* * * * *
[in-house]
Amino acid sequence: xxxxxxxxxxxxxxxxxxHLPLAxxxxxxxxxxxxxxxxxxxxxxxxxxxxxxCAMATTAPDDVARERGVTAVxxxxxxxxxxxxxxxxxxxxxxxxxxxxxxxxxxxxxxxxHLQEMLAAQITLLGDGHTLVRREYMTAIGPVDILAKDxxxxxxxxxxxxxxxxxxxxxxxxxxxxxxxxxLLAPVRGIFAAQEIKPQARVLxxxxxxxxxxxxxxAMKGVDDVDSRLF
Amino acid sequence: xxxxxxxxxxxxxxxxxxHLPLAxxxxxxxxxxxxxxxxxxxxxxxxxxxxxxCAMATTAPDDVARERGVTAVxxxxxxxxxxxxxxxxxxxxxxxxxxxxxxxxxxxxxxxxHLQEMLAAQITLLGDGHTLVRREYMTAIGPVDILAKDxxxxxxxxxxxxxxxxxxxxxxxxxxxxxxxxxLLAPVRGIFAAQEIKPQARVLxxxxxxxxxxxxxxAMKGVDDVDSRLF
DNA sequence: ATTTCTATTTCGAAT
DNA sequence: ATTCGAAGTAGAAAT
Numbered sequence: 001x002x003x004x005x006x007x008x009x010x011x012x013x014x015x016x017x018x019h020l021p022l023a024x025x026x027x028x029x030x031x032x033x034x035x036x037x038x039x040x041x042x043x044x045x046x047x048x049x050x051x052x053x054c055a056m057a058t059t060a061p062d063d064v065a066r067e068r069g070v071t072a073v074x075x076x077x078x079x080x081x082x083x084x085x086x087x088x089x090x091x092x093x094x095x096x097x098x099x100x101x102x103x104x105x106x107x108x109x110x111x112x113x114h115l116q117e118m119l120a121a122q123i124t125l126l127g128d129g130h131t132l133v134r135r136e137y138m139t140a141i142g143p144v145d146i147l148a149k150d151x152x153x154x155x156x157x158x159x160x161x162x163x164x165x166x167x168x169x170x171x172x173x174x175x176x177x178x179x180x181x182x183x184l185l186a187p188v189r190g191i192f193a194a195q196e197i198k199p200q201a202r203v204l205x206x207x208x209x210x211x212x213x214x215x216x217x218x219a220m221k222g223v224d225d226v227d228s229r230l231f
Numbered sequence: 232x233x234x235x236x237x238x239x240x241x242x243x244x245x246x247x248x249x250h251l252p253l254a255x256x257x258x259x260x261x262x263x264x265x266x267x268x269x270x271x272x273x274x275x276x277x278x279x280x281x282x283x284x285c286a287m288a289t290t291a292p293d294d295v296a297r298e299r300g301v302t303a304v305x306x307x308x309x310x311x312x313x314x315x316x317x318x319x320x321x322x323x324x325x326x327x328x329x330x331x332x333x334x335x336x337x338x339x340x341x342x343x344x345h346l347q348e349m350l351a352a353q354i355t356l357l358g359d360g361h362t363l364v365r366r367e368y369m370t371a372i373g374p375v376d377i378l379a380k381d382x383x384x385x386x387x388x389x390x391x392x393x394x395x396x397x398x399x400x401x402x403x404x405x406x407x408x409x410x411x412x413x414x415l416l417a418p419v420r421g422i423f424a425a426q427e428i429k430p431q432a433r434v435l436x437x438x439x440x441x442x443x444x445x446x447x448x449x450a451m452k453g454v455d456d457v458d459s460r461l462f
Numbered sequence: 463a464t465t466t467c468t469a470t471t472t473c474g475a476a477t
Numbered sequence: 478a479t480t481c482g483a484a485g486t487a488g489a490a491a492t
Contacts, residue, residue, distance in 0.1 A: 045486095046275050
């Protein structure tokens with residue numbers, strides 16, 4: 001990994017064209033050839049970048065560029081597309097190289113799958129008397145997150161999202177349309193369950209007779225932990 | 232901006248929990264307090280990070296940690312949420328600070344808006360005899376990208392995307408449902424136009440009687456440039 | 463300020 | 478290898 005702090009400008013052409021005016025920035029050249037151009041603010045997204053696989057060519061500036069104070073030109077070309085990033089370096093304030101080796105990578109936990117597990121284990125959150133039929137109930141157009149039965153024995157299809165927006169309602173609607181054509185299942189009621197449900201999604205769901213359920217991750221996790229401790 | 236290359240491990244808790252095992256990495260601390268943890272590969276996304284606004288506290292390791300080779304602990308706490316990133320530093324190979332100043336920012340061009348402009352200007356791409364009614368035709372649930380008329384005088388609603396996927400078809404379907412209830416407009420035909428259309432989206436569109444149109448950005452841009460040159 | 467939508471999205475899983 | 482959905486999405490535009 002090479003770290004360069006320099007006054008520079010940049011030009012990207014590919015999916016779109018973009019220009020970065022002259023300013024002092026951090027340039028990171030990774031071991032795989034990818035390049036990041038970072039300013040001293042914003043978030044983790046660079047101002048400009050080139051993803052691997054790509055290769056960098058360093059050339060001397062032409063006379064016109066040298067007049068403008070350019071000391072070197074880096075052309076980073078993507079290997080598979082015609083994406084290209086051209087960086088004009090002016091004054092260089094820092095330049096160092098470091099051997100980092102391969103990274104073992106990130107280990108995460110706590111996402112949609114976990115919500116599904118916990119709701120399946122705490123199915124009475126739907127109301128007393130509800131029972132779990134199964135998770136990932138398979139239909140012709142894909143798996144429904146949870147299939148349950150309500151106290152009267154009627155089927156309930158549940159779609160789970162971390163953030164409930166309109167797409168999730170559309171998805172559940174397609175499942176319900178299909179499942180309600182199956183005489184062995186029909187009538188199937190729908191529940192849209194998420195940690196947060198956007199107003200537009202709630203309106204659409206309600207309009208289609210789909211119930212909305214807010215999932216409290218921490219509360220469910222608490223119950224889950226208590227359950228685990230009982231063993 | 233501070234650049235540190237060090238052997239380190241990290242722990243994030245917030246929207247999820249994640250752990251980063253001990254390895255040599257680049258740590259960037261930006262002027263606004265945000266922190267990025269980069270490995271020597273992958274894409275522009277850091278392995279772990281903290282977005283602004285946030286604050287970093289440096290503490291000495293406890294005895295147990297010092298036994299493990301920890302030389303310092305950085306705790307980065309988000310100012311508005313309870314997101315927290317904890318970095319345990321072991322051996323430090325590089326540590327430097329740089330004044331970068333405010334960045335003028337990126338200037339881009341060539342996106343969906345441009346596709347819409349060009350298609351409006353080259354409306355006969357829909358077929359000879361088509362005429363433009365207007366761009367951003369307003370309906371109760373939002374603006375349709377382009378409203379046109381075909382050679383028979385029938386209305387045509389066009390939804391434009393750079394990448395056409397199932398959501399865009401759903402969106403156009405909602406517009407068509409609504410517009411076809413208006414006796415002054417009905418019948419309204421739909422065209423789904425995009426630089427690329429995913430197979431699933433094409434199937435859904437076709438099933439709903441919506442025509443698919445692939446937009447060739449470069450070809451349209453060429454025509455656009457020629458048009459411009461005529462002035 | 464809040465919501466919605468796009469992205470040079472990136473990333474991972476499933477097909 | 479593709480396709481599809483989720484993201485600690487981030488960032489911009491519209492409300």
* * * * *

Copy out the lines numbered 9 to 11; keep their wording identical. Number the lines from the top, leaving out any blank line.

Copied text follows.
Numbered sequence: 478a479t480t481c482g483a484a485g486t487a488g489a490a491a492t
Contacts, residue, residue, distance in 0.1 A: 045486095046275050
């Protein structure tokens with residue numbers, strides 16, 4: 001990994017064209033050839049970048065560029081597309097190289113799958129008397145997150161999202177349309193369950209007779225932990 | 232901006248929990264307090280990070296940690312949420328600070344808006360005899376990208392995307408449902424136009440009687456440039 | 463300020 | 478290898 005702090009400008013052409021005016025920035029050249037151009041603010045997204053696989057060519061500036069104070073030109077070309085990033089370096093304030101080796105990578109936990117597990121284990125959150133039929137109930141157009149039965153024995157299809165927006169309602173609607181054509185299942189009621197449900201999604205769901213359920217991750221996790229401790 | 236290359240491990244808790252095992256990495260601390268943890272590969276996304284606004288506290292390791300080779304602990308706490316990133320530093324190979332100043336920012340061009348402009352200007356791409364009614368035709372649930380008329384005088388609603396996927400078809404379907412209830416407009420035909428259309432989206436569109444149109448950005452841009460040159 | 467939508471999205475899983 | 482959905486999405490535009 002090479003770290004360069006320099007006054008520079010940049011030009012990207014590919015999916016779109018973009019220009020970065022002259023300013024002092026951090027340039028990171030990774031071991032795989034990818035390049036990041038970072039300013040001293042914003043978030044983790046660079047101002048400009050080139051993803052691997054790509055290769056960098058360093059050339060001397062032409063006379064016109066040298067007049068403008070350019071000391072070197074880096075052309076980073078993507079290997080598979082015609083994406084290209086051209087960086088004009090002016091004054092260089094820092095330049096160092098470091099051997100980092102391969103990274104073992106990130107280990108995460110706590111996402112949609114976990115919500116599904118916990119709701120399946122705490123199915124009475126739907127109301128007393130509800131029972132779990134199964135998770136990932138398979139239909140012709142894909143798996144429904146949870147299939148349950150309500151106290152009267154009627155089927156309930158549940159779609160789970162971390163953030164409930166309109167797409168999730170559309171998805172559940174397609175499942176319900178299909179499942180309600182199956183005489184062995186029909187009538188199937190729908191529940192849209194998420195940690196947060198956007199107003200537009202709630203309106204659409206309600207309009208289609210789909211119930212909305214807010215999932216409290218921490219509360220469910222608490223119950224889950226208590227359950228685990230009982231063993 | 233501070234650049235540190237060090238052997239380190241990290242722990243994030245917030246929207247999820249994640250752990251980063253001990254390895255040599257680049258740590259960037261930006262002027263606004265945000266922190267990025269980069270490995271020597273992958274894409275522009277850091278392995279772990281903290282977005283602004285946030286604050287970093289440096290503490291000495293406890294005895295147990297010092298036994299493990301920890302030389303310092305950085306705790307980065309988000310100012311508005313309870314997101315927290317904890318970095319345990321072991322051996323430090325590089326540590327430097329740089330004044331970068333405010334960045335003028337990126338200037339881009341060539342996106343969906345441009346596709347819409349060009350298609351409006353080259354409306355006969357829909358077929359000879361088509362005429363433009365207007366761009367951003369307003370309906371109760373939002374603006375349709377382009378409203379046109381075909382050679383028979385029938386209305387045509389066009390939804391434009393750079394990448395056409397199932398959501399865009401759903402969106403156009405909602406517009407068509409609504410517009411076809413208006414006796415002054417009905418019948419309204421739909422065209423789904425995009426630089427690329429995913430197979431699933433094409434199937435859904437076709438099933439709903441919506442025509443698919445692939446937009447060739449470069450070809451349209453060429454025509455656009457020629458048009459411009461005529462002035 | 464809040465919501466919605468796009469992205470040079472990136473990333474991972476499933477097909 | 479593709480396709481599809483989720484993201485600690487981030488960032489911009491519209492409300």